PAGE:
For some physicians, the drug samples closet may look like Santa’s workshop: a collection of meds for every ailment—antibiotics for upper respiratory tract infections, proton-pump inhibitors for heart burn, antihistamines and corticosteroids for allergies, and muscle relaxants galore.
But free samples are ethically tricky, and every withdrawal from the samples closet should be treated more like a bank transaction than a trip to the buffet.
For or against?
Some physicians argue for the acceptance and distribution of drug samples while others are detractors of the practice. Despite their often humanitarian purpose of providing access to patients in need, drug samples—like pens, notepads, textbooks, and free lunches—are gifts.
Stakeholders who support the gifting of drug samples argue that it does the following:
- Serves as substitutes for more expensive medications
- Lowers the costs of drugs to the patient
- Allows patients to try new medications without committing
- Allows physicians to discuss the medications with patients vs having pharmacists do the job
- Increases adherence by allowing for quick initiation of therapy
Those against the practice argue the following about drug samples:
- It can lead to drug misuse and diversion
- Expired samples can be given to patients in error due to oversight
- Samples may influence physicians to prescribe higher-cost, brand-name products
- Supply of samples can be inconsistent
- No pharmacist is on hand to advise patients
Drug companies have their own take on samples. They claim that samples provide physicians with access to new treatment alternatives. Samples also help patients who cannot afford them.
Drug samples for personal or family use
Samples not only flow to patients, but also to physicians and their family members. For this reason, countless physicians have raided their own stash of samples for personal use.
Here is what the American Medical Association has to say about the personal use of samples:
“The use of drug samples for personal or family use is permissible as long as these practices do not interfere with patient access to drug samples. It would not be acceptable for non-retired physicians to request free pharmaceuticals for personal use or use by family members.”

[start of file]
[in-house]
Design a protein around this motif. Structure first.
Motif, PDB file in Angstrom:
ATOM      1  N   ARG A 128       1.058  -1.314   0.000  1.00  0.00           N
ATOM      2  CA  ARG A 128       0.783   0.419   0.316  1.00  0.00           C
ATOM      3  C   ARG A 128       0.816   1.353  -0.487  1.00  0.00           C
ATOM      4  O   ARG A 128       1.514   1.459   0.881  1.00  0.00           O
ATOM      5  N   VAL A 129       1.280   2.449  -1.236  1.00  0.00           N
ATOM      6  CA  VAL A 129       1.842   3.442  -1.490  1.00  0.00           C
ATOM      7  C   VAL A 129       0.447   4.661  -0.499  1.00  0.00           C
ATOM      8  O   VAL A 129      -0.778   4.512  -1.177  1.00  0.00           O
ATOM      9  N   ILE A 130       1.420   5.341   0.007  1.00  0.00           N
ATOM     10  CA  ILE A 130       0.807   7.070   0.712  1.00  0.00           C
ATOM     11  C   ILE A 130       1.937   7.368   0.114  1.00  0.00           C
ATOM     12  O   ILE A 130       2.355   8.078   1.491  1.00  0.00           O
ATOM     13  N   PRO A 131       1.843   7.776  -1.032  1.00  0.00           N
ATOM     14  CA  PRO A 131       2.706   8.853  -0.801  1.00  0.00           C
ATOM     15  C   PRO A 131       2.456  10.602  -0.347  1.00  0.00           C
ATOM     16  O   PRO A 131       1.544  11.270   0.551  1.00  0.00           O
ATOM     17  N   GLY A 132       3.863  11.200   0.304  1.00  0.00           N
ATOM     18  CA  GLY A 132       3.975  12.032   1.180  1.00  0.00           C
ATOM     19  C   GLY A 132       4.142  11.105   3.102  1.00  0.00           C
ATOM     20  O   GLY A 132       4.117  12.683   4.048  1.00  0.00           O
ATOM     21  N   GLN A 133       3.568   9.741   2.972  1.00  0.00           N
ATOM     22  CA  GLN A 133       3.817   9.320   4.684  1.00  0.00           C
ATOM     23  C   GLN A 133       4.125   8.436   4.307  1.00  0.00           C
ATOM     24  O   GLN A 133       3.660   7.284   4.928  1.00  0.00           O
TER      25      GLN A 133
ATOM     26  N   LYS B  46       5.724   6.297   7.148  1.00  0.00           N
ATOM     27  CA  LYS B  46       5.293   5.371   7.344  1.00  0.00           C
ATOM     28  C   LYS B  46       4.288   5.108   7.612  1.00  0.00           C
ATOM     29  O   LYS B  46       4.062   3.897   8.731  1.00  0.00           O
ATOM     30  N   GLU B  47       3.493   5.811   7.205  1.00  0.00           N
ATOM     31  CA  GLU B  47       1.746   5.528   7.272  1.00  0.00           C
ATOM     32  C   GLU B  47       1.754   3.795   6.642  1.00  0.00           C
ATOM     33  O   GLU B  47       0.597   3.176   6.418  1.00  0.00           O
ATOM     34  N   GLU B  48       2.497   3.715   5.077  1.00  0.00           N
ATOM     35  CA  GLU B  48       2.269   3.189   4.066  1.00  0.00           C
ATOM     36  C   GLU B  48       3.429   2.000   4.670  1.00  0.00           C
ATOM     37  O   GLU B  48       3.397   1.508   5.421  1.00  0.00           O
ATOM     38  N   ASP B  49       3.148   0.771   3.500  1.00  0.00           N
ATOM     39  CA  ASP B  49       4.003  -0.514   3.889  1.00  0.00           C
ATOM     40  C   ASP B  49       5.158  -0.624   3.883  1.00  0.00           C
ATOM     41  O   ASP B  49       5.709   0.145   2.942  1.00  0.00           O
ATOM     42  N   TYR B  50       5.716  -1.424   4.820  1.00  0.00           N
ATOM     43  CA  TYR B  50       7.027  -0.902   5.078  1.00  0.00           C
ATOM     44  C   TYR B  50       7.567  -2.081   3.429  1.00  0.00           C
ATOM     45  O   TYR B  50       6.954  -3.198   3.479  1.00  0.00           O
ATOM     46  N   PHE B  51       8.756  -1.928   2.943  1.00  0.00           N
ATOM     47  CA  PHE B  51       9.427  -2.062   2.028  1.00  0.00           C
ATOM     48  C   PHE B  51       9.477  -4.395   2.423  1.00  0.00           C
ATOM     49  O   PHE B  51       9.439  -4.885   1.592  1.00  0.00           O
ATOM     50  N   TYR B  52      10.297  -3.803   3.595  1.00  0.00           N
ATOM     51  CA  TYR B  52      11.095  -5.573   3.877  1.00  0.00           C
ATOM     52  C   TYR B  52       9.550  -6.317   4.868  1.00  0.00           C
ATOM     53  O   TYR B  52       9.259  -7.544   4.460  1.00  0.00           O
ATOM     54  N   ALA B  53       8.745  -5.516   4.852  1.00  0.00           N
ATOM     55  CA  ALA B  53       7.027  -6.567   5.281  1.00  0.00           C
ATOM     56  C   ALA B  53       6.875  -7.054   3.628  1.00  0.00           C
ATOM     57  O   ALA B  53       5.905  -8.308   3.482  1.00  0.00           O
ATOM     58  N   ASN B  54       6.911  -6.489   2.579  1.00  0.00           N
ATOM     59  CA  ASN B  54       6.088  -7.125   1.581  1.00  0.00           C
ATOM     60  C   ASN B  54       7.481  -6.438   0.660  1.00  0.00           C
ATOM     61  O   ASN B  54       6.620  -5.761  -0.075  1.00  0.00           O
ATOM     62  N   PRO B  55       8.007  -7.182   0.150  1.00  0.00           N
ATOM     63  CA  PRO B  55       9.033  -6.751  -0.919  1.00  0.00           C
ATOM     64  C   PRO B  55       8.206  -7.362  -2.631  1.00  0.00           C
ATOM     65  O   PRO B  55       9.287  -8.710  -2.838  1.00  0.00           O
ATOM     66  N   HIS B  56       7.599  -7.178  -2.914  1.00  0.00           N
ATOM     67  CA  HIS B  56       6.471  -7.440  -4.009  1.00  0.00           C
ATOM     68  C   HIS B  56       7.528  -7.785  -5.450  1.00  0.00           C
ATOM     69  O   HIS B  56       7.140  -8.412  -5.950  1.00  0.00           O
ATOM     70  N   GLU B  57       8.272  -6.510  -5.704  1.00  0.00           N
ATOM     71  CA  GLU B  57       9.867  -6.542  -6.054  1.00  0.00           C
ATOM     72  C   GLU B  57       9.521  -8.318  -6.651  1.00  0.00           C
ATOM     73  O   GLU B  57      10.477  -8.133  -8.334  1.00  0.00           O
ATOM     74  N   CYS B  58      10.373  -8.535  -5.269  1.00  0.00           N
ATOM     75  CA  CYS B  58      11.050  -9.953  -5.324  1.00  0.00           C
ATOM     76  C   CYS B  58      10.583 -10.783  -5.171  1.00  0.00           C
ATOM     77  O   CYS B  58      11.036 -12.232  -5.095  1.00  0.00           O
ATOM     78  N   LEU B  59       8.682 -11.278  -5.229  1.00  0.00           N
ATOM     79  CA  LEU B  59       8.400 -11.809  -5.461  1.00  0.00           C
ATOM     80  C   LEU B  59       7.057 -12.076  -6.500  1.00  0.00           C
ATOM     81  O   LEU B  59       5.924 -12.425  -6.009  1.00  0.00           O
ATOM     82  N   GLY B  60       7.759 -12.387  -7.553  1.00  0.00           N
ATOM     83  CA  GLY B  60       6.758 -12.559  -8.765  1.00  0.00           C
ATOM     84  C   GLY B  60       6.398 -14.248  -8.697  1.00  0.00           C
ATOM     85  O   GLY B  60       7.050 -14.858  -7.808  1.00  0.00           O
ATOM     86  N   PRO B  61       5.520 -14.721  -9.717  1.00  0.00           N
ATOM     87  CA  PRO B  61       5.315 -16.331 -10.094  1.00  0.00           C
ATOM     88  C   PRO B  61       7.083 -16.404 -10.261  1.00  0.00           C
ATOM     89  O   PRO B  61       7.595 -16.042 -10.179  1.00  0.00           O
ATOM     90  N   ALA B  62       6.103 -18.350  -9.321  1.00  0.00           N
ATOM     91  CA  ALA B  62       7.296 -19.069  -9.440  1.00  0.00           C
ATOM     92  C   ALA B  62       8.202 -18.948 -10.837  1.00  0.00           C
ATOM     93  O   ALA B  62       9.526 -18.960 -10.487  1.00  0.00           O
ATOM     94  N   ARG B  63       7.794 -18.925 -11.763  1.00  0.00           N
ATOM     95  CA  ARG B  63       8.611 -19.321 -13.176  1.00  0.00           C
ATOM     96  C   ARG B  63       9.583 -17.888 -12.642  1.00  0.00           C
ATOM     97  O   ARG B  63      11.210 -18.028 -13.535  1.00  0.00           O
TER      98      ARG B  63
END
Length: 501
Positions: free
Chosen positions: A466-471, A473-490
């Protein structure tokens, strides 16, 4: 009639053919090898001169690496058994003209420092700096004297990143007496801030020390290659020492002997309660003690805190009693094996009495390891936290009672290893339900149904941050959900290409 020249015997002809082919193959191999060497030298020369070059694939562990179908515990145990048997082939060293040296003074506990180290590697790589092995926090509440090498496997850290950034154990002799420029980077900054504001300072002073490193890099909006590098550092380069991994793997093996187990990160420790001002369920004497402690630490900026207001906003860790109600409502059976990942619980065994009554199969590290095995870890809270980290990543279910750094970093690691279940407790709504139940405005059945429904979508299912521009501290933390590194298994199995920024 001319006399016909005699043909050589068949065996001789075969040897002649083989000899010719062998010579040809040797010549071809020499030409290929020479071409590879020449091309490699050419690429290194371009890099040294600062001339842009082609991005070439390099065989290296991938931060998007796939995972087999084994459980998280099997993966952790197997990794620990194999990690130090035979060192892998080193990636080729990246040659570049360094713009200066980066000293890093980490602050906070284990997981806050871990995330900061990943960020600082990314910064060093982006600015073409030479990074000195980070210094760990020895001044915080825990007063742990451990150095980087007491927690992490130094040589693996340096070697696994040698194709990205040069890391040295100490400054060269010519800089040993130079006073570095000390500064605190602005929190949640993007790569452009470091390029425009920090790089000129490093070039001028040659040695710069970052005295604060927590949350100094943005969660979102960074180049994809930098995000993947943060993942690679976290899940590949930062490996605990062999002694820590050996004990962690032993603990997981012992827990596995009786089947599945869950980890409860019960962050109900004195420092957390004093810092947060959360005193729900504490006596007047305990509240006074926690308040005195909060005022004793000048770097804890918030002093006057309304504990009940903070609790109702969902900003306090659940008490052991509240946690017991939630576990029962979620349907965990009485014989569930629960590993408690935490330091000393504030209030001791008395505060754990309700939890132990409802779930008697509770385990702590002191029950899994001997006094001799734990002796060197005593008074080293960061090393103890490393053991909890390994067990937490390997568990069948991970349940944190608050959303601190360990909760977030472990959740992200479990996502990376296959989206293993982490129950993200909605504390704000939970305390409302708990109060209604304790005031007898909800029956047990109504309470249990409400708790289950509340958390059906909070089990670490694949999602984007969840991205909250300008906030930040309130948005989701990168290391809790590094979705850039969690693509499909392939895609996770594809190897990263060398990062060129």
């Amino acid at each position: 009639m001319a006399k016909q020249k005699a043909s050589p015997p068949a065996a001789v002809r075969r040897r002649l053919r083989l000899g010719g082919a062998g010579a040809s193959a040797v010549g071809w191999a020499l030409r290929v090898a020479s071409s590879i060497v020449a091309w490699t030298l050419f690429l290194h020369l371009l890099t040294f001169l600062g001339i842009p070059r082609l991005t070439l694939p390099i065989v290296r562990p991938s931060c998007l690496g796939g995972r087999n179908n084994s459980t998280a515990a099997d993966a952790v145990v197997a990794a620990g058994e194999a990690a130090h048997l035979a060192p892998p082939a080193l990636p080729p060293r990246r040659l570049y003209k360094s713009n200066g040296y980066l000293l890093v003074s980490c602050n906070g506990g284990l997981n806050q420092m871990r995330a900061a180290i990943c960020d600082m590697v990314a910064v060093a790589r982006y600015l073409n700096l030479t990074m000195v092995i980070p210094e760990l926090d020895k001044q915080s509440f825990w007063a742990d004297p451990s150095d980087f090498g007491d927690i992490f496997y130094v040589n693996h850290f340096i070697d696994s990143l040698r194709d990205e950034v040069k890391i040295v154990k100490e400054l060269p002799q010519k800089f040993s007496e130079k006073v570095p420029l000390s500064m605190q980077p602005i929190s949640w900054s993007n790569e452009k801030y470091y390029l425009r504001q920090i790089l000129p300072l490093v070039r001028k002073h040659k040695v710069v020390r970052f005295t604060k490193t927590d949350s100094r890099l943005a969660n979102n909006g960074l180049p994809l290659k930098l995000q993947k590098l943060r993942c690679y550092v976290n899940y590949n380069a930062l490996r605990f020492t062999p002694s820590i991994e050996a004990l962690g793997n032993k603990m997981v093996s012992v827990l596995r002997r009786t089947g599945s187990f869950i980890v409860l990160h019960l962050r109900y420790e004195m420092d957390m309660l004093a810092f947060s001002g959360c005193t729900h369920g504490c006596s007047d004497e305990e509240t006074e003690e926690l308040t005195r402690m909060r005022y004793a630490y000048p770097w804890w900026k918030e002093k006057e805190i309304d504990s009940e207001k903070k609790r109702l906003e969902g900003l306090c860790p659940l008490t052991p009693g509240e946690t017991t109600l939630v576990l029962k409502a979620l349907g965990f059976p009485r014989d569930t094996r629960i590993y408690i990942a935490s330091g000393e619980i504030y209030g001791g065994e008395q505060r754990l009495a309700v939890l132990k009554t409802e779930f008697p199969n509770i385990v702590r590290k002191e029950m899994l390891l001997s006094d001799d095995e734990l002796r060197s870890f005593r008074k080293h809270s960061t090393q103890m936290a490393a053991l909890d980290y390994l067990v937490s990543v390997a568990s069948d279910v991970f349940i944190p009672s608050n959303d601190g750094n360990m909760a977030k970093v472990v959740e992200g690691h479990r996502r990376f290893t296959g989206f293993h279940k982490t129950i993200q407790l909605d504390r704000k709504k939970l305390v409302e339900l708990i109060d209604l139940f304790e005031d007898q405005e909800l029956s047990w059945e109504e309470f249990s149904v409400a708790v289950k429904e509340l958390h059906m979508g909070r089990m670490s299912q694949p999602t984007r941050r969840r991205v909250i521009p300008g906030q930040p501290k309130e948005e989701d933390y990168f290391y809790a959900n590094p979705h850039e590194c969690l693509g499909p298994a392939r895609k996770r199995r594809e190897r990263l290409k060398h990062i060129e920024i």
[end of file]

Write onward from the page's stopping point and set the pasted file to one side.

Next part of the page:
According to the American Association of Medical Colleges (AAMC), physicians at academic institutions cannot accept gifts from pharmaceutical companies, which includes drug samples for personal or family use.
If an academic does choose to allow drug samples in the system, the drug samples are to be rigorously accounted for. According to the AAMC:
“The distribution of medications in academic medical centers, including samples (if permitted), should be centrally managed in a manner that ensures timely patient access to optimal therapeutics throughout the health care system.
If central management is not thought to be feasible, or would interfere with patient access to optimal therapeutics, the academic medical center should carefully consider whether or not there are alternative ways to manage pharmaceutical sample distribution that do not carry the risks to professionalism with which current practices are associated.”
Policy at individual institutions that allow drug samples for patient distribution is careful to explicitly prohibit the personal and family use of drug samples in policy statements.
Here is policy from Boston University Medical School, for reference:
“Clinicians may accept free drug samples from industry for distribution to patients. Although distribution of free samples to patients is not prohibited, all distribution of free samples to patients must be administered by the BMC pharmacy. 2. Free drug samples may never be sold. 3. Free drug samples may not be used by clinicians for themselves, clinical staff, or family members.”
Another large medical institution, Mount Sinai School of Medicine, also has very clear guidelines on the issue: